BEIRUT: Lebanon is facing an environmental emergency which is being compounded by the presence of over one million Syrian refugees, Environment Minister Mohammad Machnouk said Sunday.

“We are living in a state of environmental emergency… because of the Syrian refugees who have exceeded 1.5 million over the past years,” Machnouk said at the Conference for Arab Environment Ministers. “We are really living in an environmental catastrophe… on the levels of solid waste, air and water pollution and sanitation, among others.”

Over 1.1 million Syrians are registered with the U.N. refugee agency in Lebanon, but the actual figure is thought to be much higher.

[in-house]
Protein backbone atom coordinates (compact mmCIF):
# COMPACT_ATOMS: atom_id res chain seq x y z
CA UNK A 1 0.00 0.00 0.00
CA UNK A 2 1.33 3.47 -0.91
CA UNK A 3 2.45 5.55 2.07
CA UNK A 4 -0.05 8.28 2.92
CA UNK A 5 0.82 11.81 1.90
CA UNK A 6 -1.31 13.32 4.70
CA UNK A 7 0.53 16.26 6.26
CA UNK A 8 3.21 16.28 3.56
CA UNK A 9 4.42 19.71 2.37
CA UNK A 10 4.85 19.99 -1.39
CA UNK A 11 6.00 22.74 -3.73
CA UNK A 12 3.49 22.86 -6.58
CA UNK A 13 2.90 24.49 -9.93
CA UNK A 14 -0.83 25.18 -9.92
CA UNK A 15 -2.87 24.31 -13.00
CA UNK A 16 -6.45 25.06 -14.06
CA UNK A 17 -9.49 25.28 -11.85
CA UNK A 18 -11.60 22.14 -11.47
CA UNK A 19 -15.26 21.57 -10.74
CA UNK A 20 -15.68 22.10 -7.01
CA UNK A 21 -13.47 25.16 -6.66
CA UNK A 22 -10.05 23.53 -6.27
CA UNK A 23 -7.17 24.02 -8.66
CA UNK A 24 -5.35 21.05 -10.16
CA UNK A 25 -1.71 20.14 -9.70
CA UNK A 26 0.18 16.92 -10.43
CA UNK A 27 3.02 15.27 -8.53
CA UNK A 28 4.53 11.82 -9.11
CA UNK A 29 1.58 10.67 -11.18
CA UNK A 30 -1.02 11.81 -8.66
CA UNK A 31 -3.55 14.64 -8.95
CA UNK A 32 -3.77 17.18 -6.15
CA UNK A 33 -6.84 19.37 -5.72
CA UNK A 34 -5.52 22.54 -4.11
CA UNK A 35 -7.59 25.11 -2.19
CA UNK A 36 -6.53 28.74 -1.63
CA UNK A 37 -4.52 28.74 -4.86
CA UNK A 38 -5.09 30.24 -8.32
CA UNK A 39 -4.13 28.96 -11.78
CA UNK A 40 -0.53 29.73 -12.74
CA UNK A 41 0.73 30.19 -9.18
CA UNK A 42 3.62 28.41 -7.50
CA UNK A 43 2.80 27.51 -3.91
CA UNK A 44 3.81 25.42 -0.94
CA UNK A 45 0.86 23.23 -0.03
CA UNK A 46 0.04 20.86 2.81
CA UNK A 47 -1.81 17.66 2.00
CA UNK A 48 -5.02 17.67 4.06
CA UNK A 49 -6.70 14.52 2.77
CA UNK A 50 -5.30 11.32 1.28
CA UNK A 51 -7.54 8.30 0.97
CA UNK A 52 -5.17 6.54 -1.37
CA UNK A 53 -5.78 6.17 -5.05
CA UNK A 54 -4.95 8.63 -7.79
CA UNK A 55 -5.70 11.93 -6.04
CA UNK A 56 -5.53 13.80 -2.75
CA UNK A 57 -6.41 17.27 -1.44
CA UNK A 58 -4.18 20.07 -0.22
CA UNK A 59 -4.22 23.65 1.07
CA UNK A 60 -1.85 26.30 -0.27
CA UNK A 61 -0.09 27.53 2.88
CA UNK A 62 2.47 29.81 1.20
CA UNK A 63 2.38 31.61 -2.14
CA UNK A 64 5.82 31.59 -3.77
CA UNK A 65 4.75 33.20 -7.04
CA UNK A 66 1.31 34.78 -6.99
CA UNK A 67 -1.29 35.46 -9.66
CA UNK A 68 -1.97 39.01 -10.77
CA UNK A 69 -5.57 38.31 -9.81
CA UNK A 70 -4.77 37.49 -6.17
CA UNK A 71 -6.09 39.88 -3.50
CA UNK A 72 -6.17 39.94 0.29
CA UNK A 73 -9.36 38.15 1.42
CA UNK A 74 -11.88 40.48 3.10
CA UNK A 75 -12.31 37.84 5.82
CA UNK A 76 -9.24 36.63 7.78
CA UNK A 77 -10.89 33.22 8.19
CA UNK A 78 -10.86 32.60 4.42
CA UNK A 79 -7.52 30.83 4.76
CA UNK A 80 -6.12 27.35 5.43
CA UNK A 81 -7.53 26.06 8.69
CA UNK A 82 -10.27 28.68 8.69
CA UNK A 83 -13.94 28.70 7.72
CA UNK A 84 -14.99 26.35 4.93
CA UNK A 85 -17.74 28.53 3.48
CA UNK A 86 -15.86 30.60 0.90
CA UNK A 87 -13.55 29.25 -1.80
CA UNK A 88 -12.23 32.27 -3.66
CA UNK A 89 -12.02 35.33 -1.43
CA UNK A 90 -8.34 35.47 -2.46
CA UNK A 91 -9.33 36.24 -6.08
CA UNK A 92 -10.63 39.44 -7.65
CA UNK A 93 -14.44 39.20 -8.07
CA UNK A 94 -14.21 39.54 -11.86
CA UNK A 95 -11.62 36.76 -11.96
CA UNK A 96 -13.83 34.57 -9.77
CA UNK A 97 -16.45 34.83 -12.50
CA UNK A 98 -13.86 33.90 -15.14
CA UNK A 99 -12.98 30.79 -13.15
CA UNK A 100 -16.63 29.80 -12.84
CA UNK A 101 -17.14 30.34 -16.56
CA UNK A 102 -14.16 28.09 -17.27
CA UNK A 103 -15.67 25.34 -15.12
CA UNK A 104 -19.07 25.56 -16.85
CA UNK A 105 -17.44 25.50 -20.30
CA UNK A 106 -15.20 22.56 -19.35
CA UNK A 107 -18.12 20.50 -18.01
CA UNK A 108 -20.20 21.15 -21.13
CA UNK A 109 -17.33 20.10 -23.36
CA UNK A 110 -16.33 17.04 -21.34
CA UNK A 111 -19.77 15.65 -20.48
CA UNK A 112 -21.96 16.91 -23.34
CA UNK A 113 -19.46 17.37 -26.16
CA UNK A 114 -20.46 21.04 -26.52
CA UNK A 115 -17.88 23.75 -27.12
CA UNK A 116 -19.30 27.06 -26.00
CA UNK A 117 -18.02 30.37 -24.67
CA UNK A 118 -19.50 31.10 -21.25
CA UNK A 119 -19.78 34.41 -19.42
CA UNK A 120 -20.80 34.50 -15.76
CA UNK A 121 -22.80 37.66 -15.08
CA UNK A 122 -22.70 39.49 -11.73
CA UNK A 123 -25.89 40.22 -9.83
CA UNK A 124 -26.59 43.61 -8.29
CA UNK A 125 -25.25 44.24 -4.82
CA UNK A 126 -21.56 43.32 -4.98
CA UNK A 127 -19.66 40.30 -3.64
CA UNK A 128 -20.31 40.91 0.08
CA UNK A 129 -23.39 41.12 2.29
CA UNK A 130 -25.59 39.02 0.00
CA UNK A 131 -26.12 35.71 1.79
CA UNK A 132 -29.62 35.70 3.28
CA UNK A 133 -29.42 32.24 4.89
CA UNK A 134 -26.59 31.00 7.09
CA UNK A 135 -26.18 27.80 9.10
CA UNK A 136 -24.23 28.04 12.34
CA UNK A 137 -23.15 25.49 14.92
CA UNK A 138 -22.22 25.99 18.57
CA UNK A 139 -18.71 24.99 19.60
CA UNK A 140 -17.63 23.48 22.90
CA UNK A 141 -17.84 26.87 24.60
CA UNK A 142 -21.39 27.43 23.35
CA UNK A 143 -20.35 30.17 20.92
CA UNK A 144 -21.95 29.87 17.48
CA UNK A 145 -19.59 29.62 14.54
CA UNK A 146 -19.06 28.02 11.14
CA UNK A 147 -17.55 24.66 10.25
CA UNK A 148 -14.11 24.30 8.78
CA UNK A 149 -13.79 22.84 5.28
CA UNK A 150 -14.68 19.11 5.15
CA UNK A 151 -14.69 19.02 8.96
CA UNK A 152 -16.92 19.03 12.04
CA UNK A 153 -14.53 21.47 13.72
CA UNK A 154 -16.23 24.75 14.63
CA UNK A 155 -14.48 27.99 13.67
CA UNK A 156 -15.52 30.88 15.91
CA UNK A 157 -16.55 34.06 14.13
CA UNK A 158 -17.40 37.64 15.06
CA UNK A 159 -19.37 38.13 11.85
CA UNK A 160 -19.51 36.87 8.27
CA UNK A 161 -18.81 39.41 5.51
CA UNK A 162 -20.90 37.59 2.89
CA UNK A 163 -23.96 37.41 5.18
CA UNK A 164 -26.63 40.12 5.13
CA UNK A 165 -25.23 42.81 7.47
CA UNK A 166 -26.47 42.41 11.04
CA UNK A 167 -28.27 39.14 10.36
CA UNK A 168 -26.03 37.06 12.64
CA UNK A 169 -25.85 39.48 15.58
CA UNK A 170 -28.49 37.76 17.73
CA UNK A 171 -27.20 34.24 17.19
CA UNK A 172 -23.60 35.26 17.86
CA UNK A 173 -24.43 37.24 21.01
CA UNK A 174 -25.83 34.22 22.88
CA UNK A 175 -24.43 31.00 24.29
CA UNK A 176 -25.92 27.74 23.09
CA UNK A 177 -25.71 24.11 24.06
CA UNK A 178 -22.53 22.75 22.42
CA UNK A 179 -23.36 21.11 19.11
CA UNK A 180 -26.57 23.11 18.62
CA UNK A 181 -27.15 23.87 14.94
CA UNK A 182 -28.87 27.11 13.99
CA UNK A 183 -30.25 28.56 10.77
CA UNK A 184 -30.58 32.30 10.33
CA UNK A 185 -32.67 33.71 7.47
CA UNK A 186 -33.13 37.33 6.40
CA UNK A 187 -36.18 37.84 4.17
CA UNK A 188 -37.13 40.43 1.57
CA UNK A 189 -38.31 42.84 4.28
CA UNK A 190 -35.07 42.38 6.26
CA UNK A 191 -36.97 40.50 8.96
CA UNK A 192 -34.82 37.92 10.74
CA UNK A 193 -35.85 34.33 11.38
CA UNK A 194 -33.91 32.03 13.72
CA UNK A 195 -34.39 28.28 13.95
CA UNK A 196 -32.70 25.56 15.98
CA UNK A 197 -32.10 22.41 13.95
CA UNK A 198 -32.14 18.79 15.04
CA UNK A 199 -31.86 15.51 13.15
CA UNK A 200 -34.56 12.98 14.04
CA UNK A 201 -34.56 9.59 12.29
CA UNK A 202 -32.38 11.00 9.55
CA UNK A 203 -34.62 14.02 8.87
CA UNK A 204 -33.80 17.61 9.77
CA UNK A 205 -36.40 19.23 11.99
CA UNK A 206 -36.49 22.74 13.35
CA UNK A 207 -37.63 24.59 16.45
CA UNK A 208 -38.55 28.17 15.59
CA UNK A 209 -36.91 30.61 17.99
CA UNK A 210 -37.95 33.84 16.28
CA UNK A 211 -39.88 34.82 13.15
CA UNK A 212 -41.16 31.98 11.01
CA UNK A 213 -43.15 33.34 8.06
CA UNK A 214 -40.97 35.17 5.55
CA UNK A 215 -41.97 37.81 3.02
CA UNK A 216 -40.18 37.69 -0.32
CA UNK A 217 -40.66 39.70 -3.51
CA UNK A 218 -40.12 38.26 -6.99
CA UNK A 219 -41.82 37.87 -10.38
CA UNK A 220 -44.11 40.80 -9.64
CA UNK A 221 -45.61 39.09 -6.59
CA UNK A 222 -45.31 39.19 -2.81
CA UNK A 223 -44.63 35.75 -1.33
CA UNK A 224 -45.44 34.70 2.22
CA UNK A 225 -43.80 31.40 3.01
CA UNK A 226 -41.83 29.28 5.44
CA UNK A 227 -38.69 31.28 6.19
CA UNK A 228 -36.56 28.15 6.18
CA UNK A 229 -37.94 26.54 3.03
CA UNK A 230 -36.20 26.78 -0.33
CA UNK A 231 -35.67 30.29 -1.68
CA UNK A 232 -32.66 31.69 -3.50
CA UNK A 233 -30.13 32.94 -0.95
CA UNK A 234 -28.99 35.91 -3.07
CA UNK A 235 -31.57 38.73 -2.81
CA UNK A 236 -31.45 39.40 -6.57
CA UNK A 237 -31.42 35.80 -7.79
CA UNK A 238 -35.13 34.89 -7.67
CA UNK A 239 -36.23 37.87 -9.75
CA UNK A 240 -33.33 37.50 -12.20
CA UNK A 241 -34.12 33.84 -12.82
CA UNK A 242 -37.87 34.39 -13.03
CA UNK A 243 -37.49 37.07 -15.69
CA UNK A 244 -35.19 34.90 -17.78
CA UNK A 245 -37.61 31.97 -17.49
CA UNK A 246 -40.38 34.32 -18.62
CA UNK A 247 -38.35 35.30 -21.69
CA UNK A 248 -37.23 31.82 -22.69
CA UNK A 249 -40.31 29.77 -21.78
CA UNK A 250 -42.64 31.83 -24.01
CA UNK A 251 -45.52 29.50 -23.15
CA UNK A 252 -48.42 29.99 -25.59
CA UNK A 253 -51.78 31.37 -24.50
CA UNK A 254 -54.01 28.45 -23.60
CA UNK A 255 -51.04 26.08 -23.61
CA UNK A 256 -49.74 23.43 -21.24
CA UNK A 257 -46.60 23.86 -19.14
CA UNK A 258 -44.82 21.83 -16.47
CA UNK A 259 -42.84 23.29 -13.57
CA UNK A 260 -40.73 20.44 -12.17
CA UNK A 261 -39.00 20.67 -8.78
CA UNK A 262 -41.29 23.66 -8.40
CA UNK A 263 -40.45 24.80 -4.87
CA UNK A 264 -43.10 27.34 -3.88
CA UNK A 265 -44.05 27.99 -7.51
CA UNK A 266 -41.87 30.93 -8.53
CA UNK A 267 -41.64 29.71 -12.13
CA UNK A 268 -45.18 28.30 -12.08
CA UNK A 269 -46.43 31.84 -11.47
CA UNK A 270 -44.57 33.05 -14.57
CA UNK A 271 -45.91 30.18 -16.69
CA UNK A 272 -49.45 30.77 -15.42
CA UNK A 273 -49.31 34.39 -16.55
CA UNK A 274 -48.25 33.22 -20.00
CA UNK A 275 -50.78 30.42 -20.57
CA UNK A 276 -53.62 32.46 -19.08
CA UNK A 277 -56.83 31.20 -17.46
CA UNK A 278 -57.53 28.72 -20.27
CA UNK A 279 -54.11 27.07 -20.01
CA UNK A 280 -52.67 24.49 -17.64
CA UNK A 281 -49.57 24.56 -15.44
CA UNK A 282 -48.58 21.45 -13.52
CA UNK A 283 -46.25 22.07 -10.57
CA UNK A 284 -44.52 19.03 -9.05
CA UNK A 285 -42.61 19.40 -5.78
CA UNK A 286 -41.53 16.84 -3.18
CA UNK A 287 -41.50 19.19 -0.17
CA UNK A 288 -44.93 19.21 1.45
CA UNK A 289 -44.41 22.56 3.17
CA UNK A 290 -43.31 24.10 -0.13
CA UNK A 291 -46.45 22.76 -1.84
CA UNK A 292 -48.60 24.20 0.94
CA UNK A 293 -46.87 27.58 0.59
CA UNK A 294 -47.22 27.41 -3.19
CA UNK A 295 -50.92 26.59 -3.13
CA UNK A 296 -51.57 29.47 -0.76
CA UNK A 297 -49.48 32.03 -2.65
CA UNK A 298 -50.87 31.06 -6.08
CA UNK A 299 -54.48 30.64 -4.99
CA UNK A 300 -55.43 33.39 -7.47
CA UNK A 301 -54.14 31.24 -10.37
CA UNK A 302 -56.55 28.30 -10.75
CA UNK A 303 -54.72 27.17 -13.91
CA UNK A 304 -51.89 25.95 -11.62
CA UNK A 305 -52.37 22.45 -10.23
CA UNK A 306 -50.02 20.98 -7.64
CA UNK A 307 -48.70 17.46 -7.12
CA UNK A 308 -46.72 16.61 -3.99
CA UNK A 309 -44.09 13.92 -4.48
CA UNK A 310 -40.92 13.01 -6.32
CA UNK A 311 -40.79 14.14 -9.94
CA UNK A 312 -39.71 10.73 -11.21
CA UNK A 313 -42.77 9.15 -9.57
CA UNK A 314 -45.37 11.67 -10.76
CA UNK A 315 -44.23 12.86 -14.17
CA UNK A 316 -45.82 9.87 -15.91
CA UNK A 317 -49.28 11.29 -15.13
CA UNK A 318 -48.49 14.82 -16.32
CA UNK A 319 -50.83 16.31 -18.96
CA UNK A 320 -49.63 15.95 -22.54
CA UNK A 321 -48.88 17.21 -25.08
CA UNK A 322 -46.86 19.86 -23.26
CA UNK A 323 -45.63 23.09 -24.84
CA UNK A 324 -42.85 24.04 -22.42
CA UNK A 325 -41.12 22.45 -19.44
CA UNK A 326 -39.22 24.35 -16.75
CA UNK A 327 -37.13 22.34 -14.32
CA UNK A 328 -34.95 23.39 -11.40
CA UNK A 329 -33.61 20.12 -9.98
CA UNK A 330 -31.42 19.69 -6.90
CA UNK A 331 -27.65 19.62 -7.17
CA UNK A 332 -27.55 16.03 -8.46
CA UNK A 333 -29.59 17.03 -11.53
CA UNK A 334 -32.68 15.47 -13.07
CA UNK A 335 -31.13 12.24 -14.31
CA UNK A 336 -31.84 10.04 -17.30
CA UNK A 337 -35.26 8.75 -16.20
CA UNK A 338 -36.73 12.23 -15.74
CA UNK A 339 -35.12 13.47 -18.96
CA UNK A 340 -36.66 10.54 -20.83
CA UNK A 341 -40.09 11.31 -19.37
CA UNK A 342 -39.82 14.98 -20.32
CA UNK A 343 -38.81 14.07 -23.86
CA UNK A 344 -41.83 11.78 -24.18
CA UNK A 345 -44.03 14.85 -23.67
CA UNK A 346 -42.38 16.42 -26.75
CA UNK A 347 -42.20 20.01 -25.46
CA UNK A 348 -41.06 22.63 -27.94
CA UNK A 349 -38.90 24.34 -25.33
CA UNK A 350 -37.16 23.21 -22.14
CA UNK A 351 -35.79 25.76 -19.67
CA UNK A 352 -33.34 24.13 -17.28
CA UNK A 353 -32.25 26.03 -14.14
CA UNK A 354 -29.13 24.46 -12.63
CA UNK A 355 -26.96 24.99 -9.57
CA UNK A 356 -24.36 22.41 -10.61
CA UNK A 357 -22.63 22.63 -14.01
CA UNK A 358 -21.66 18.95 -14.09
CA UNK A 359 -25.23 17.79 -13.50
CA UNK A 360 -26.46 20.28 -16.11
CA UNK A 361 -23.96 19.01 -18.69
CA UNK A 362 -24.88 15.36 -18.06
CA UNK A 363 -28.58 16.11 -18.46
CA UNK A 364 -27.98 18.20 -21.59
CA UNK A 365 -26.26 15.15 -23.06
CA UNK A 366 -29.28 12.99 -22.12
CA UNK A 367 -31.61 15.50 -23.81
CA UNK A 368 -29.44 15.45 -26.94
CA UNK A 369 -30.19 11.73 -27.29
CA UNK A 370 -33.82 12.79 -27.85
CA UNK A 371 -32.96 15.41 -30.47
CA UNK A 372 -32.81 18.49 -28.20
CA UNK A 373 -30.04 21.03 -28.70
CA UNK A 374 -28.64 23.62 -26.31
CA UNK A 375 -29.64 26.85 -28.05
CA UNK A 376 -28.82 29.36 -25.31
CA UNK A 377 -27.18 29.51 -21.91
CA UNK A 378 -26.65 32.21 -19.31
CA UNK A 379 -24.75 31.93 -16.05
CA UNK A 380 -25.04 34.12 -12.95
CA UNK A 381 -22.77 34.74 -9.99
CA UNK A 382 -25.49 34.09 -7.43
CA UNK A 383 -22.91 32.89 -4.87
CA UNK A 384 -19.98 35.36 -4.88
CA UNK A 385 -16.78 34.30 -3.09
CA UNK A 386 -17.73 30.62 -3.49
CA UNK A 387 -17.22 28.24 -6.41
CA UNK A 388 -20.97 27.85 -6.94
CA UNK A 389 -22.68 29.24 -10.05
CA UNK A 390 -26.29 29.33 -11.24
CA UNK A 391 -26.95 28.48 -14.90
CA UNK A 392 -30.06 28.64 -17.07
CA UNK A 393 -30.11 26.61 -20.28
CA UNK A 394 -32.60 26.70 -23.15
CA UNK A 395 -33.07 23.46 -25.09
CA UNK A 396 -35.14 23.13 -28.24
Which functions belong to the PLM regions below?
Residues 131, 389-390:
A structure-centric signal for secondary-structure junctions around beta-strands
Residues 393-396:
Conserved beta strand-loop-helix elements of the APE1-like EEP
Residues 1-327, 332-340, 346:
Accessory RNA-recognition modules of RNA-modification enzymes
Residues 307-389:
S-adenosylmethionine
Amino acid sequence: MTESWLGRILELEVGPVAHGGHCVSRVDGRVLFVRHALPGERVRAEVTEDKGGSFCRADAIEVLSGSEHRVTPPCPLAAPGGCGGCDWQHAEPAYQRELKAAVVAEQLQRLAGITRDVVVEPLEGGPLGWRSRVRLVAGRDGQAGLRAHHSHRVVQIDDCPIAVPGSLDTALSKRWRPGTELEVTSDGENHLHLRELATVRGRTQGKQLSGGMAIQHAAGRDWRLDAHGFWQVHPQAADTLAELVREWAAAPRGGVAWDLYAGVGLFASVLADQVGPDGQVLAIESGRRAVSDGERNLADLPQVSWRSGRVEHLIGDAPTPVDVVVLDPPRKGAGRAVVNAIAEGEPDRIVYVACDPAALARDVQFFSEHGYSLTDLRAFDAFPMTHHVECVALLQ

Machnouk said all of Lebanon’s 18 rivers send polluted water into the Mediterranean Sea, while 762 random garbage dumps scatter across Lebanese territory.

Moreover, Machnouk explained, the country has been witnessing a deforestation campaign that had never occurred in Lebanon’s history.

The flow of Syrian refugees, which doubles and tripled the number of residents in certain areas, has created an unprecedented pressure on Lebanon’s infrastructure, he explained.

“I truly want to see us leaving this [conference] with a firm stand concerning the environment and the infrastructure in Lebanon, which is an essential factor of any development and has reached point of high risk,” he added.

Machnouk’s comments also touched on the global warming crisis in the region, and called for a common strategy to be adopted by Arab countries.

“I also think it is necessary to have a greater momentum to push towards an international decision,” he added. “And by that, we can become one group with one stand on the major causes.”

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